There are many kinds of water. The gentle flowing rivers that carve a path through the landscape—the soft rumblings of the lakes—the frozen formations sparkling in a winter chill. There is the water that refreshes on a scorching hot day and the gentle rain that feeds life. Water that cleans, purifies, and cleanses, washing away our past. It makes up 50-60% of the bodies we inhabit and we can only survive 3 days without it.
Perhaps it’s the ocean that most captures the heart and soul of water. From calm and tender waves, lapping on the shore, to mighty storms rolling and breaking, we are in awe of its majesty. With over 7 billion pilgrims travelling the road of life, we share much in common beyond our need for water—our bodies and personalities, work, dreams, smiles and tears. We crowd together for safety and companionship, yet yearn for the something deeper that is just ours—the uniqueness that makes us all different. We have thoughts, ideas, opinions, and we want someone in the world to listen—we want to be heard.
Sitting on the coastline, looking out at the vast emptiness, we can be alone with the world and choose to speak—or be silent and listen—two words incidentally, which use exactly the same letters. In 1989, a group of oceanographers listened and made a startling discovery—a whale communicating on a frequency of 52 hertz; much higher than the normal range for whales of 17-18 hertz. At 180 decibels, whales are the loudest creatures in the world, but since hearing it, all attempts to locate the ‘lonely whale,’ (as it was christened) have failed. All these years, a whale of an unknown breed continues to swim, sing, and live. Is it searching for a soul mate?—someone to hear it’s song?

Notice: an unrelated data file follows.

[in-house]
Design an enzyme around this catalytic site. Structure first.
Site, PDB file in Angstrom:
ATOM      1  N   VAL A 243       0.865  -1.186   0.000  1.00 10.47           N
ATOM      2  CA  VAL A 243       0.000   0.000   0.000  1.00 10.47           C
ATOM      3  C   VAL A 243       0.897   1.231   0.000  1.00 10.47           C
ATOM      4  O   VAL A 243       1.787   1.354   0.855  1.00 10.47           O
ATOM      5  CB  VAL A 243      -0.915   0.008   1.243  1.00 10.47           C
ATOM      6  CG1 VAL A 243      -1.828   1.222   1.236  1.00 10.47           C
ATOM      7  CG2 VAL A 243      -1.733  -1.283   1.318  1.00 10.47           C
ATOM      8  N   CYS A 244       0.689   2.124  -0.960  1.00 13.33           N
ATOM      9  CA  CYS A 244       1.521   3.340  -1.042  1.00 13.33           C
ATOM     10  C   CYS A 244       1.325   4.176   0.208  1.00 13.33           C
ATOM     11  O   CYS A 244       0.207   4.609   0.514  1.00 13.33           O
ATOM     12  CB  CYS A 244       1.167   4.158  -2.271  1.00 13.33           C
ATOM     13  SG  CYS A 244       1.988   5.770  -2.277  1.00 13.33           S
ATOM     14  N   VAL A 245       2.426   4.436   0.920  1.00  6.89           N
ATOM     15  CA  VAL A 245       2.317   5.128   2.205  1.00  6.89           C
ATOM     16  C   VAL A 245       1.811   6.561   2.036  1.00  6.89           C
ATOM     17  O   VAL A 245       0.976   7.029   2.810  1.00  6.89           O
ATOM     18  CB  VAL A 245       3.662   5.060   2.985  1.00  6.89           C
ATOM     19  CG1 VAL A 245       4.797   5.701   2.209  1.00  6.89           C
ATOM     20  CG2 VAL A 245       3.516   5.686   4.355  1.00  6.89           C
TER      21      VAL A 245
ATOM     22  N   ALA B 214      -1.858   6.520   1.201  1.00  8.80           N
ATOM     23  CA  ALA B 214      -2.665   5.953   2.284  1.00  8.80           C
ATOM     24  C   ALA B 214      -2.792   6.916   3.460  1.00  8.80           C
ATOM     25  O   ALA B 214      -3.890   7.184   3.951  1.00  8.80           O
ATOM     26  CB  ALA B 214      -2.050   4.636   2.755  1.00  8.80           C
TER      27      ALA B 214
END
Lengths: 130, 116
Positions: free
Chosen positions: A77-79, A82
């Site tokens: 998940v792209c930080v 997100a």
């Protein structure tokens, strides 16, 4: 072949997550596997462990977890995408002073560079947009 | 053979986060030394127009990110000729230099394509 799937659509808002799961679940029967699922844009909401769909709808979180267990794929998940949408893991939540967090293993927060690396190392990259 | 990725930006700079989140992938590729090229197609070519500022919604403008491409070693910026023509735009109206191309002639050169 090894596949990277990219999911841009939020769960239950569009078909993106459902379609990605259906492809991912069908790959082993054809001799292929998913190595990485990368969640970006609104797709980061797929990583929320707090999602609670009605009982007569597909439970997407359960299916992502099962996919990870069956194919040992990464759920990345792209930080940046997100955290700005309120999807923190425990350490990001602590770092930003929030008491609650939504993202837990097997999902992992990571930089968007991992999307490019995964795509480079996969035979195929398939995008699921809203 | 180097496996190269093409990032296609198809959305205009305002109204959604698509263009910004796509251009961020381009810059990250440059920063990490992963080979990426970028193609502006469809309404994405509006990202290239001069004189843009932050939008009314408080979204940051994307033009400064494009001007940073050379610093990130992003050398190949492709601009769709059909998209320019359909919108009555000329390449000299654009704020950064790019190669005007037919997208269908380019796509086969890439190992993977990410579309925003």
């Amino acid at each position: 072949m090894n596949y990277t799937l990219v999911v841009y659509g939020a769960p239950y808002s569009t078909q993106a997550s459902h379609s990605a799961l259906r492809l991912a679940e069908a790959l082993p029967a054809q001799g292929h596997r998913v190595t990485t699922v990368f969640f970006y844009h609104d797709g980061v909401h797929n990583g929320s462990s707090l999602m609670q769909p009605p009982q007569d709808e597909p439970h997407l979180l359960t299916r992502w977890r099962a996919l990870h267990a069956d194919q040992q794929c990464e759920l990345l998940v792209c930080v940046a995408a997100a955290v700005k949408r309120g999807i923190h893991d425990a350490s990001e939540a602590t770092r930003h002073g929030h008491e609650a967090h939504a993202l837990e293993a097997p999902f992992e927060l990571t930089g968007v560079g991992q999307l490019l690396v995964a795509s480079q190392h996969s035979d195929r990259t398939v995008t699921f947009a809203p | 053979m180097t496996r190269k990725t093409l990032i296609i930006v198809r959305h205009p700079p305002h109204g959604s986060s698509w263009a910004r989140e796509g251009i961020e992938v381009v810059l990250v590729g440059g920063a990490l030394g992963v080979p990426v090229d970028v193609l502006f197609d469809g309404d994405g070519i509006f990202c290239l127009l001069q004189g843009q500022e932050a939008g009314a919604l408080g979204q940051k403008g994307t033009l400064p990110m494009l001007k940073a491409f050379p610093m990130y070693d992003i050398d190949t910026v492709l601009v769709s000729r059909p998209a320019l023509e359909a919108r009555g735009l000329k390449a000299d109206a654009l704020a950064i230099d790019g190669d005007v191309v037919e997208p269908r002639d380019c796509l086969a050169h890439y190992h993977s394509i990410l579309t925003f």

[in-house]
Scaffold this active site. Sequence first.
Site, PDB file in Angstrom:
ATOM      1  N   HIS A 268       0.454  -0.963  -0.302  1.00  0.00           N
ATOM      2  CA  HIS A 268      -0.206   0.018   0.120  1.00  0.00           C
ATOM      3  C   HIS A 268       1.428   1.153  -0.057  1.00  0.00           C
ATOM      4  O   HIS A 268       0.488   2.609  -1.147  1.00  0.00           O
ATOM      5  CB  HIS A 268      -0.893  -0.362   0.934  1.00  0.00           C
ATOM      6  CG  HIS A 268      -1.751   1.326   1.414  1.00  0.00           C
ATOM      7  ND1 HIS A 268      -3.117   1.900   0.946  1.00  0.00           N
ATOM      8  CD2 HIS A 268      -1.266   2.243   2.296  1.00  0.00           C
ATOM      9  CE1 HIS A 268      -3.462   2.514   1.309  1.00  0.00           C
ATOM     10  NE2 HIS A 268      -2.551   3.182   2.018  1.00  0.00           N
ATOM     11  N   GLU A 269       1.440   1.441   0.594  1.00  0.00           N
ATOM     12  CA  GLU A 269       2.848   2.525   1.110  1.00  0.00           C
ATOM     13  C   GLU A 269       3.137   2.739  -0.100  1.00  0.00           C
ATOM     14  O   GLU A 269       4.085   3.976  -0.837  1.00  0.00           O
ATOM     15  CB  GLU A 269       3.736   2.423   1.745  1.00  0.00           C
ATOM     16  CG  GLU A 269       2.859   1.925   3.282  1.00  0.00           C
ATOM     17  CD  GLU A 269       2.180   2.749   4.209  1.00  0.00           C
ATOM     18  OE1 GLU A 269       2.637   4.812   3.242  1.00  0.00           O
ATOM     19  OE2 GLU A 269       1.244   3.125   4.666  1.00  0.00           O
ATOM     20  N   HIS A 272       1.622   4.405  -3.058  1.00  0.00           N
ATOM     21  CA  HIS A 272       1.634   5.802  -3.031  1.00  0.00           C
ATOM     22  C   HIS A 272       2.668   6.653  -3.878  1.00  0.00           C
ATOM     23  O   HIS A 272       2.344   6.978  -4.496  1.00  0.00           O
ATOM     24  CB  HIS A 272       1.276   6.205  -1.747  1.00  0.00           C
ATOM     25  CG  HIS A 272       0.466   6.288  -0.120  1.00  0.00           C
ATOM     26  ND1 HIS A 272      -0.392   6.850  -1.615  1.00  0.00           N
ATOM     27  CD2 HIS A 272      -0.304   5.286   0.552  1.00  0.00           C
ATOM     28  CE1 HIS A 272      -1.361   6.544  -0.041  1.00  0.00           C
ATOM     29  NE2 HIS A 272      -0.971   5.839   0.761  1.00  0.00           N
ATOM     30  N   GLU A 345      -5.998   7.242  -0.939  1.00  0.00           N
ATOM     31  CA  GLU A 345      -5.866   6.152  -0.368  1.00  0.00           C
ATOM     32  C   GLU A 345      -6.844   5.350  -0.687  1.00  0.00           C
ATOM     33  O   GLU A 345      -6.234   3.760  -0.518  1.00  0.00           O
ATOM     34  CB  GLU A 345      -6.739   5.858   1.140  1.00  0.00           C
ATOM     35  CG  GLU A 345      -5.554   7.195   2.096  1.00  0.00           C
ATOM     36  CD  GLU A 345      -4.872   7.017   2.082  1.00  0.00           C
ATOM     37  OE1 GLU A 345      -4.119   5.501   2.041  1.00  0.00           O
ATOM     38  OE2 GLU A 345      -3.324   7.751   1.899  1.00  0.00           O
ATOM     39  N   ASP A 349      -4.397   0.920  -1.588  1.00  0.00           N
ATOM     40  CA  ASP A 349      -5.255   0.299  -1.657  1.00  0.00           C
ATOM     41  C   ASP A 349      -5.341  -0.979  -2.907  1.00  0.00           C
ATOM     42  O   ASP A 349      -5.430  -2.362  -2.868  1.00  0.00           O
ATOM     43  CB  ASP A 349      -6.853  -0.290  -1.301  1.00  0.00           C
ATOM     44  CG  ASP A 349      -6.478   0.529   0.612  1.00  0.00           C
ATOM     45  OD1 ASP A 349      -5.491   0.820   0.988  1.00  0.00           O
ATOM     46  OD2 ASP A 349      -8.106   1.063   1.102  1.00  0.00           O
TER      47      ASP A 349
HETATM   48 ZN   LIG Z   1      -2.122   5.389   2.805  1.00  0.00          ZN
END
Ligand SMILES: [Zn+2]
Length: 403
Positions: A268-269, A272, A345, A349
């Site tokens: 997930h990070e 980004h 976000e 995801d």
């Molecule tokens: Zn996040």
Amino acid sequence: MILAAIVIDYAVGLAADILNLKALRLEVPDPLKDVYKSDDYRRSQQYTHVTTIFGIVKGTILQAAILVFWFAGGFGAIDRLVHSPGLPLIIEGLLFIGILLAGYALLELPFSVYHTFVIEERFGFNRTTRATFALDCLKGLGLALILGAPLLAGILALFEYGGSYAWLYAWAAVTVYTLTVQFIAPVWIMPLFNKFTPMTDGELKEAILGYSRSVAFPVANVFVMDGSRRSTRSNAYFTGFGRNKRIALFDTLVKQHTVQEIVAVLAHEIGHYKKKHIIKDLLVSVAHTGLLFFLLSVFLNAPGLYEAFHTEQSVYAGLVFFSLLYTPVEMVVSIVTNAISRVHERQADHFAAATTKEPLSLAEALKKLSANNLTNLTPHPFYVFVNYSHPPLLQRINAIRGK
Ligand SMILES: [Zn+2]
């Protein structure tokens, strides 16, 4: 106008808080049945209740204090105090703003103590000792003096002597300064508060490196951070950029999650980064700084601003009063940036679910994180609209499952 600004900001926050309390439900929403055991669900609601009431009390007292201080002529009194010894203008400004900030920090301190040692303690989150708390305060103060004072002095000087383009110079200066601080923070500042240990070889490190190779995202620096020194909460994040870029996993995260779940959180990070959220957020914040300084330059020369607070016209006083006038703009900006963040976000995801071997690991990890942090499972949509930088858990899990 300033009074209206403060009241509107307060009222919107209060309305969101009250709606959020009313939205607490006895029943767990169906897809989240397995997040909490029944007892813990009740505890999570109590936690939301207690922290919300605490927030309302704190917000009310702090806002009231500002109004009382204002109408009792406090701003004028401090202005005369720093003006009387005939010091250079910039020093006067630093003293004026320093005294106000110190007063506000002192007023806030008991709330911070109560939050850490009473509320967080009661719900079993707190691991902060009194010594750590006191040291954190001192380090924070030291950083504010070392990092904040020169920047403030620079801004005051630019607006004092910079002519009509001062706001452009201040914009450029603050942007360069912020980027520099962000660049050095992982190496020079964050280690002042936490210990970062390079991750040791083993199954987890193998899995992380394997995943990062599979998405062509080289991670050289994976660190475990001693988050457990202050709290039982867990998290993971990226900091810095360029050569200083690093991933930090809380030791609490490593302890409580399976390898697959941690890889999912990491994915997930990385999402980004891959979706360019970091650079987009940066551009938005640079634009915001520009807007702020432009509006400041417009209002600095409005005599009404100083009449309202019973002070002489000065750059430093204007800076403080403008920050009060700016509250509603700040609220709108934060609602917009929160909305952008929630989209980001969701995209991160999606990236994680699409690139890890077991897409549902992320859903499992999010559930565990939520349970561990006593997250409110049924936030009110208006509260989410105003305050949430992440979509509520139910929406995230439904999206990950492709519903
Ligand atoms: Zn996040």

And, what of us? What are we searching for? A YouGov poll just released in the UK asked 14,000 people what would be their most desirable job. Unsurprisingly, doctors, lawyers, and investment bankers made the list. Hollywood movie star was also a choice, but at almost twice its popularity, the winner was—Author. As well topping the list for most desirable, it also had the smallest percentage for a job people would not want to do.
After all, writing is easy, right? Sitting at home, in your pajamas, pounding out successful stories? Wrong—writing maybe simple, but good writing is very hard work. Even the very best have their struggles. Then, it must be the money. The best seller and the movie that follows? Wrong again. Writers make very little. Counting traditionally and self-published authors, one third of them make less than $500 a year. We could surmise it is a dream—wishful thinking, like the lottery. We buy tickets even though the chance of winning is so low, or is it our desire for someone to listen to what we have to say?
We don’t know what people in the survey were thinking and perhaps I would be happy with some of my conclusions if it were not for the second most desirable job—Librarian. That’s right, when we are not writing, we want to be around books and being a librarian is much more than shuffling books on shelves. They help with job searches, run book groups, teach literacy, assist with research etc. It’s a complex job requiring many different skills and a high level of education.
Do we really love books that much, or is it peace we are seeking? Perhaps there is something much deeper occurring in the sea of our minds and the unconscious desire the survey participants expressed, is the voice inside, calling us to focus on creating our own unique story. In that connection, we come to realize that it’s not being heard by others that matters, but being in tune with what each of us is here to learn.
Somewhere in a distant ocean, a whale is singing at 52 hertz. Take time by the shore to rest and refresh. Perhaps by listening to the melody of the water you will discover a higher frequency in your depths and author the story, which is just for you.